- Used cardboard containers
- Scissors, sharp enough to cut cardboard
This method of pom-pom uses a rectangle template. It is easier and faster than other methods, as the wool is wound over the template, and it is possible to make templates for a custom sized pom-pom.
- Cut a cardboard rectangle. The width of the template depends on the size of the pom-poms. So for a large pom-pom of 3 inches diameter, cut a template that is 3 inches wide and 5 inches long. Similarly, for the smaller pom-pom which is 2 inches across, the template is 2 inches wide and 5 inches long.
- Cut out a large rectangle hole in the center of the rectangle, so that the template resembles a photo-frame.
- Lay the template horizontally in front of you. Hold one end of the yarn/wool at the center top of the template. Then wind the wool over the entire rectangle template, top to bottom, but leave some space on the sides open; you shouldn't cover the entire cut out space. Large pom-poms need approximately 120 rounds, and smaller ones 90 rounds, to ensure they are dense.
- When you run out of one strand, tie the end to another leftover strand to continue winding.
- Once you have covered most of the template, cut the end off the ball.
- Now cut a long strand of wool. Thread it through the openings on the sides of the wound wool, in the rectangle hole in the middle of the template. Gather all the wound wool with the strand and tie the pom-pom tightly in the center.
- Place scissors parallel to the top cardboard edge and cut the wound wool along the edge of the template. Do the same on the bottom. This essentially creates four "halves" to either side of the tied off center before the template is removed and the ball is fluffed out.
- Fluff out the pom-pom. Hold it by the long strand that ties it together and trim the pom-pom with scissors to make it compact and get it in shape.
The ready pom-poms can be used to decorate caps, dresses, and bags or made into toys.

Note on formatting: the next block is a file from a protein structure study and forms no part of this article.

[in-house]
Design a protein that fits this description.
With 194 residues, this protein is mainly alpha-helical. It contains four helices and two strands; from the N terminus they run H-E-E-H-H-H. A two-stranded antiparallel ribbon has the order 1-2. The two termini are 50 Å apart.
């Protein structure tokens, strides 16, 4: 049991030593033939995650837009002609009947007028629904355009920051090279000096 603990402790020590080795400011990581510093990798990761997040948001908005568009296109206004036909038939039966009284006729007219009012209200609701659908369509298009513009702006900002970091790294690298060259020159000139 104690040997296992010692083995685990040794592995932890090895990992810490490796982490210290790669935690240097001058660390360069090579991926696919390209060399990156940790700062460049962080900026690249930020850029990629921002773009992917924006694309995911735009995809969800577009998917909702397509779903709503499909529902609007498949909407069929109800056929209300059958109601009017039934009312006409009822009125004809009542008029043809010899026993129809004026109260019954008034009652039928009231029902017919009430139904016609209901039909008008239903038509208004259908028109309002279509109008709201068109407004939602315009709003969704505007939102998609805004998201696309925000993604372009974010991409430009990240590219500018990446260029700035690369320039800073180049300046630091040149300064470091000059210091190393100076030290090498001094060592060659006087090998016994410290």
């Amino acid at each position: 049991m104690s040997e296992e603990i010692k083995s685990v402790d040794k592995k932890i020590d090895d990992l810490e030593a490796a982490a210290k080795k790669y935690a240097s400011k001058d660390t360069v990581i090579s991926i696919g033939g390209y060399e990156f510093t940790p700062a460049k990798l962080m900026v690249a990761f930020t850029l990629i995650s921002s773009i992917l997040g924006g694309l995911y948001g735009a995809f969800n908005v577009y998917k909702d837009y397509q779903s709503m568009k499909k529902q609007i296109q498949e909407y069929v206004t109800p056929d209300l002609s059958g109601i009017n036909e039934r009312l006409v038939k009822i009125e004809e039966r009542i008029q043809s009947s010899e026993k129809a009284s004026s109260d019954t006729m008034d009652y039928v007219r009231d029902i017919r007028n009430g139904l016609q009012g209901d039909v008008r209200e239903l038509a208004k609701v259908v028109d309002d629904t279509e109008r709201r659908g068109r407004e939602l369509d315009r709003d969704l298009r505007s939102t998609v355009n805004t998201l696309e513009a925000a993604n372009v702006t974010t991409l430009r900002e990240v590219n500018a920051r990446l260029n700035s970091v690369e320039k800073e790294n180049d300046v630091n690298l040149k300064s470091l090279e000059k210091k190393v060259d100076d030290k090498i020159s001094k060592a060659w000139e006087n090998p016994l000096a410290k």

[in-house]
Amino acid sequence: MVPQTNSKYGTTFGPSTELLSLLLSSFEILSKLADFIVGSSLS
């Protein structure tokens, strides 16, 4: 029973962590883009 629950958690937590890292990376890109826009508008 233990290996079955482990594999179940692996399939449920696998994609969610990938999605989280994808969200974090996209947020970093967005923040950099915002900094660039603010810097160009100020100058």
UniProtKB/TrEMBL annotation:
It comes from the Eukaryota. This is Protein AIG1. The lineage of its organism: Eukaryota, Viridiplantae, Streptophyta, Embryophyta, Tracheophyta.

Plastic Bottle Micro Drip Irrigation System
Use plastic bottles to fashion a simple homemade drip irrigation system for the garden. In times of drought, this mode of watering plants also saves precious water.
- Used plastic bottles with caps
- A board pin
- A small hammer
Use the board pin and hammer to make small holes around the bottom and lower sides of the bottle. If a single plant has to be watered, make the holes only on one side. If the system is for a flowerbed, then make holes on two or more sides. Keep number of holes to the minimum, so that watering occurs over a longer period. Use the small hammer to pierce holes in the bottle if it is made of stout plastic.
Make four to six holes in the cap of the bottle to keep air moving in the bottle.
Bury the bottle in soil, with the mouth of the bottle above the soil surface so that the bottle can be refilled with water.
Fill the bottle with water and screw the cap lightly. The cap is used to prevent insects, or soil from getting into the bottle. However, if the cap has no holes or is turned too tightly, water flow is disrupted, due to the vacuum that is created once water starts dripping out.
In general, drip is the best irrigation system with a 90% water use efficiency, because water is not lost due to evaporation, or runoff according to the Colorado State University Extension (pg. 1). While traditional drip system adds water at the surface of the soil, this DIY model further reduces water waste by delivering water directly at the root depth.
There are several other ways to reuse and recycle domestic waste.
- Paper bags can be used to design candle holders or lanterns.
- Make baskets out of old magazines.
- Discarded glass jars can become part of a chandelier or used for sprouting grains.
- Repurpose old clothes to make new garments or bags.
- Scrapped tins, castoff furniture, and other items can be used as plant holders.
Municipal solid waste (MSW) is made of materials that can easily be recycled. Anything that ends up in MSW is a resource lost for forever. MSW is composed 13% of plastic, 26% of paper and paperboard, 6% of wood, and 4% of glass, besides other articles, according to a 2016 Environment Protection Agency (EPA) report. Individuals can do their part at home by recycling their waste into new, useable goods.